D: In a Chicago scene where garage rock is popping up on every corner, and punk is battling to keep its place, where do you think Meat Wave fits in being heavier than the garage rockers yet more put together than the punkers?
C: We’re not sure where we fit in, and I think that’s what we’d prefer. We usually play with loud, fast punk bands which is cool, but we do want to play to all kinds of audiences. I like all kinds of music (except country and rap :P jk), so I personally wouldn’t mind Meat Wave being billed with hip hop or bluegrass or seriously whatever, but people can be discriminatory when it comes to other music. They like punk. They like garage rock. I could see why bands who sound alike stick together, but it could also narrow your view of who you’re reaching or what you’re doing. We haven’t been a band for very long so we’re seeing for ourselves how we’re perceived by different groups. I’m interested to see how people who don’t like punk respond to our music.
D: Currently all Meat Wave has released is a cassette tape, which sold out and has now been rereleased for a second round. Why did you choose what you call on your Facebook an “antiquated technology”, and why do you think the Chicago scene has such an infatuation with it?
C: The tape wasn’t “sold out” per say, but we just don’t know how to work Bandcamp and wanted to let people know that they were coming. We have them now. I think if we had the choice we’d probably put our music out on any medium. Pete from Let’s Pretend was nice enough to put the album out on tape, but we would have just as quickly released vinyl, or CD, or whatever. We’re into it. Ok, maybe not CD.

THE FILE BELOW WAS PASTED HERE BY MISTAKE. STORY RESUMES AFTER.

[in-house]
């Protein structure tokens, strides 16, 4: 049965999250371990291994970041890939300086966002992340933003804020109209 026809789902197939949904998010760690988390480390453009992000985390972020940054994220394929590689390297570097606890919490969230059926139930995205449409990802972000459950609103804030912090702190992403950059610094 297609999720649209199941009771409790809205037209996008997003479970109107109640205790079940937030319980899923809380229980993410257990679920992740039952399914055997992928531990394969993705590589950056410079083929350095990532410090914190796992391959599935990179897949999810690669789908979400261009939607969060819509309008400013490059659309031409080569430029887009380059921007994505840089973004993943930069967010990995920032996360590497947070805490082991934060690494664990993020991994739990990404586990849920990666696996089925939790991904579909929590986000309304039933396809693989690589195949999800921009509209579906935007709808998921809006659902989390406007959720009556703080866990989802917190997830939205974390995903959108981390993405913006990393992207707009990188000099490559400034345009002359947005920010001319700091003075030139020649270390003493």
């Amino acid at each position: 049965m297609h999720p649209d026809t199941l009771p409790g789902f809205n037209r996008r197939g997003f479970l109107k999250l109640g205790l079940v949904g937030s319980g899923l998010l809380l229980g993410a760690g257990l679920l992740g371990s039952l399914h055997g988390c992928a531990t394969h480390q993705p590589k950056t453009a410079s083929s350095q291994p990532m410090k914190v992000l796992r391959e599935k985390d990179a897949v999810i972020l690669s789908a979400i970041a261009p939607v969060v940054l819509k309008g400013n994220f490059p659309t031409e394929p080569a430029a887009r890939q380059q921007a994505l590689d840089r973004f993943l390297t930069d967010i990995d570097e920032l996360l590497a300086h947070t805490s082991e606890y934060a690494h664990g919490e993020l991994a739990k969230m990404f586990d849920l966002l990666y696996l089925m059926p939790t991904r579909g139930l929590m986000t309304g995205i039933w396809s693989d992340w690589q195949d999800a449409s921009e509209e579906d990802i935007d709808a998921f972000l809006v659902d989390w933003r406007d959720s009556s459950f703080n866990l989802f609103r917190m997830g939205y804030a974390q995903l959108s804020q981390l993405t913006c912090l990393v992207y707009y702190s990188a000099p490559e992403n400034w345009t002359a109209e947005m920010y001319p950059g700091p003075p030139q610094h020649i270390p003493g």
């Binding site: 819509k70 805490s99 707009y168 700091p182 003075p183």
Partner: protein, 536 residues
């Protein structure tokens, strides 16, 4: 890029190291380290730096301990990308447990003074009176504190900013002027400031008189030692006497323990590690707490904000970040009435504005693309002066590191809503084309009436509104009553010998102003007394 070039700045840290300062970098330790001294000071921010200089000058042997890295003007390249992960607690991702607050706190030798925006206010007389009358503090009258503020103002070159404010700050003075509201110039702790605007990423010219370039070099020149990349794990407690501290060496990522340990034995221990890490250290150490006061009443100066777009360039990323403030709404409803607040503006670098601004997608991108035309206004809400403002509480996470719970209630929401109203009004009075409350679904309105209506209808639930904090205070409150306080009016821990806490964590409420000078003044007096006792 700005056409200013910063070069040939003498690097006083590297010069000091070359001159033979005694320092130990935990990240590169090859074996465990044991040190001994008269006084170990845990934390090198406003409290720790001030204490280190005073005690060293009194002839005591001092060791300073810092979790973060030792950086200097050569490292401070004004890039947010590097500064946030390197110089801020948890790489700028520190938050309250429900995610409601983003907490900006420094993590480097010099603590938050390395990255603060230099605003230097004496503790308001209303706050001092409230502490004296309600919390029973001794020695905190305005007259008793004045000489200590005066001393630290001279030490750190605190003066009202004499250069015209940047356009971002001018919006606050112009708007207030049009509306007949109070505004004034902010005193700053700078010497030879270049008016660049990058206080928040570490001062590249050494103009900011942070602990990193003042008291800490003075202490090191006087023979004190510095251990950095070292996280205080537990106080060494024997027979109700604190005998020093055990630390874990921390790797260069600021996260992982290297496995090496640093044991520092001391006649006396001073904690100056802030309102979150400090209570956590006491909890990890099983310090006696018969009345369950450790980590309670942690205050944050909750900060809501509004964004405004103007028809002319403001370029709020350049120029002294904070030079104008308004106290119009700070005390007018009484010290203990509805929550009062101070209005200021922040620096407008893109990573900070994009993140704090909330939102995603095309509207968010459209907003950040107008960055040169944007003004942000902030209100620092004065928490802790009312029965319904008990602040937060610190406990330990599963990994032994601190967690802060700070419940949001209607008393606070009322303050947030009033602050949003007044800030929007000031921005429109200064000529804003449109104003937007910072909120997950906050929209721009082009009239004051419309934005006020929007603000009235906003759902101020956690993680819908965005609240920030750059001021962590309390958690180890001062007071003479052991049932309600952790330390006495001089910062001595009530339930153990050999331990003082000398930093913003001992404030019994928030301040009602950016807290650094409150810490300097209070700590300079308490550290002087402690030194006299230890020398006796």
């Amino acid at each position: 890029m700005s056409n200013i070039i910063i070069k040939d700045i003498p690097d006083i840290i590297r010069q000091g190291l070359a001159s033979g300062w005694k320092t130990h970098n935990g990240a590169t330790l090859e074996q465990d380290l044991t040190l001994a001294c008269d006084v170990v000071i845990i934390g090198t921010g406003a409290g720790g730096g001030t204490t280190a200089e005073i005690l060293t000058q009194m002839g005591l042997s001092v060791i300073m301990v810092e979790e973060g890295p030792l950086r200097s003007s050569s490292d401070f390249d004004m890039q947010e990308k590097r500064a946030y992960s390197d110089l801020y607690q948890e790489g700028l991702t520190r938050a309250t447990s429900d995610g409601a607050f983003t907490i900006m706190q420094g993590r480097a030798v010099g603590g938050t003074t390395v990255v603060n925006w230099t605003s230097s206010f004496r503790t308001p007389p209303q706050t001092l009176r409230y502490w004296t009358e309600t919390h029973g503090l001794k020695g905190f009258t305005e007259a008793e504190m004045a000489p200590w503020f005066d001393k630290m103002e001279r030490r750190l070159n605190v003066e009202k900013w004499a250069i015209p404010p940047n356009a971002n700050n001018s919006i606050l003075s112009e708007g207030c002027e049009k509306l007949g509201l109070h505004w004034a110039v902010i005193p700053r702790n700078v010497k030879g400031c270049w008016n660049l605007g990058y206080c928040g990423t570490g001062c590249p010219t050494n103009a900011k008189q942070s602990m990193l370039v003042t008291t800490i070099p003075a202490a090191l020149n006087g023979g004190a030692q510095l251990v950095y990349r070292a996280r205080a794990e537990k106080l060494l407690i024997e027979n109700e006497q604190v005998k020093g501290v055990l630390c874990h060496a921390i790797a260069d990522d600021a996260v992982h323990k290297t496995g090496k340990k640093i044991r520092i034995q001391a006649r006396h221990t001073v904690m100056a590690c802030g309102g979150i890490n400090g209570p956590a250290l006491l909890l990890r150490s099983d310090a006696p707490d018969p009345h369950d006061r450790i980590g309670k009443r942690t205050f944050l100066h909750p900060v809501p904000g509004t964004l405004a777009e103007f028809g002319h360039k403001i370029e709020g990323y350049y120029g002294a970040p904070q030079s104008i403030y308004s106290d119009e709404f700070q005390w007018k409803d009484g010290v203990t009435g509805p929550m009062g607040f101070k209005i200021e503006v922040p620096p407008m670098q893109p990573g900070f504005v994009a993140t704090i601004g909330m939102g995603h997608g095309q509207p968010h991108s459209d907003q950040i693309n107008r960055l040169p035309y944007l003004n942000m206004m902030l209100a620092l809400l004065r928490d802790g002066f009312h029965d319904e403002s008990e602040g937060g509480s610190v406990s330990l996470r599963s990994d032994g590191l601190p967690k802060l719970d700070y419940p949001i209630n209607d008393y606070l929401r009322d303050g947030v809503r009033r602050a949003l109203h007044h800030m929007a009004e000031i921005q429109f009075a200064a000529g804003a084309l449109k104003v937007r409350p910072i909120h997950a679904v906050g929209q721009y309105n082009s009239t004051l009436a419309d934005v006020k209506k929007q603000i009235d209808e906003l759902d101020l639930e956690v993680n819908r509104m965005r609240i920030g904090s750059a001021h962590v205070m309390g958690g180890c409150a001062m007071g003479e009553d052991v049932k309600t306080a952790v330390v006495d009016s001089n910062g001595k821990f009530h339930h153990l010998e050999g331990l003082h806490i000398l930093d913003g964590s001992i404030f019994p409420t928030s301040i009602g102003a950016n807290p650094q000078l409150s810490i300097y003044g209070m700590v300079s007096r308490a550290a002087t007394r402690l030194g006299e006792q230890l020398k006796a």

D: Chicago has a great reputation for its DIY venues, seemingly closing down and popping back up weekly. Have you guys gotten into the DIY scene here? And how do you think it compares to playing more legitimate established venues?
C: We’ve played a few cool DIY shows. Not many though. We either have trouble finding them or like you said, they close. We really like them though. House shows are way more laxed, comfortable. There are tons of great actual venues all over the city too. It’s a good situation to be in.
D: I’m curious, what are your day jobs??
C: I’m a writing tutor at my school and an unpaid intern. I’m finishing up my last semester of school now. Ryan works at Santullos in Wicker Park. Joe works at a printing plant.
D: And of course, as of now any future plans?
C: We’re writing an album right now, that’s really fun. Hoping for a west coast tour in the summer. Some really cool tentative releases in the works, expect new music soonish.
Catch Meat Wave at Quenchers on May 18th with Geronimo!, Hospital Garden, and Destroy This Place. Snag your presale here.